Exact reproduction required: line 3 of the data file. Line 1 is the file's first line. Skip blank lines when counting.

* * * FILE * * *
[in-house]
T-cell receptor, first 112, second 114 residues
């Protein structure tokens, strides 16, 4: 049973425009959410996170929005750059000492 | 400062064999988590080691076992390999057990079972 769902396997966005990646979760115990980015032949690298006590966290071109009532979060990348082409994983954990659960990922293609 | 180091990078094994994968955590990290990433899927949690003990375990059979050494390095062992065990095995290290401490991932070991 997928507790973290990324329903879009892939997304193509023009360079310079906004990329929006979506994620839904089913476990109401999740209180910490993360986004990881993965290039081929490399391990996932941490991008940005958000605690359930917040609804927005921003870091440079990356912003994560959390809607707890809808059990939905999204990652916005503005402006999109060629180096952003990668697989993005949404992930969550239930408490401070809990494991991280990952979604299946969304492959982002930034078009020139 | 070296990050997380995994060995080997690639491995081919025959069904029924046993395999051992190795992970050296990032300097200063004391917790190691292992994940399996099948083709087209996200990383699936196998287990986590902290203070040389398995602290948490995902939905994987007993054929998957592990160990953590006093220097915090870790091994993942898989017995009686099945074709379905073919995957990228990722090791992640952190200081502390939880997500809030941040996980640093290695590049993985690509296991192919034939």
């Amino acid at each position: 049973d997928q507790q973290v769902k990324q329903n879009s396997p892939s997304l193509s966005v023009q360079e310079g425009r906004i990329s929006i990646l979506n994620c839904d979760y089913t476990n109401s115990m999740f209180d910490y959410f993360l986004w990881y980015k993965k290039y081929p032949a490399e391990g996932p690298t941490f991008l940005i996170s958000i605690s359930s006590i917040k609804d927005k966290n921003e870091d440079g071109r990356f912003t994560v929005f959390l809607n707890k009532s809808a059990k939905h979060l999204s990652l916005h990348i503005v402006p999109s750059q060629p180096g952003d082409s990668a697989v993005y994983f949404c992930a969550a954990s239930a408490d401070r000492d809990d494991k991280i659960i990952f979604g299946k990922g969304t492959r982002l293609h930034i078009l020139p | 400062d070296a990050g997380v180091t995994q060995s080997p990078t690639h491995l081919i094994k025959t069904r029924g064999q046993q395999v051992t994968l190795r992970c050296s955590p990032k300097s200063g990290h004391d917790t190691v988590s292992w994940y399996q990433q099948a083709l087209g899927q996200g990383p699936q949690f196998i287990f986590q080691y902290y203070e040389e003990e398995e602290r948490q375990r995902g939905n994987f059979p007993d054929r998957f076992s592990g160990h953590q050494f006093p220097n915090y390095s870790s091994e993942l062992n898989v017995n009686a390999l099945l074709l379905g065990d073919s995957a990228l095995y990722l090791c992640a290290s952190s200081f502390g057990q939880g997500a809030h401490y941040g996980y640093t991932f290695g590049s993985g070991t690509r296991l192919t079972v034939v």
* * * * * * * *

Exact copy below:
């Protein structure tokens, strides 16, 4: 049973425009959410996170929005750059000492 | 400062064999988590080691076992390999057990079972 769902396997966005990646979760115990980015032949690298006590966290071109009532979060990348082409994983954990659960990922293609 | 180091990078094994994968955590990290990433899927949690003990375990059979050494390095062992065990095995290290401490991932070991 997928507790973290990324329903879009892939997304193509023009360079310079906004990329929006979506994620839904089913476990109401999740209180910490993360986004990881993965290039081929490399391990996932941490991008940005958000605690359930917040609804927005921003870091440079990356912003994560959390809607707890809808059990939905999204990652916005503005402006999109060629180096952003990668697989993005949404992930969550239930408490401070809990494991991280990952979604299946969304492959982002930034078009020139 | 070296990050997380995994060995080997690639491995081919025959069904029924046993395999051992190795992970050296990032300097200063004391917790190691292992994940399996099948083709087209996200990383699936196998287990986590902290203070040389398995602290948490995902939905994987007993054929998957592990160990953590006093220097915090870790091994993942898989017995009686099945074709379905073919995957990228990722090791992640952190200081502390939880997500809030941040996980640093290695590049993985690509296991192919034939």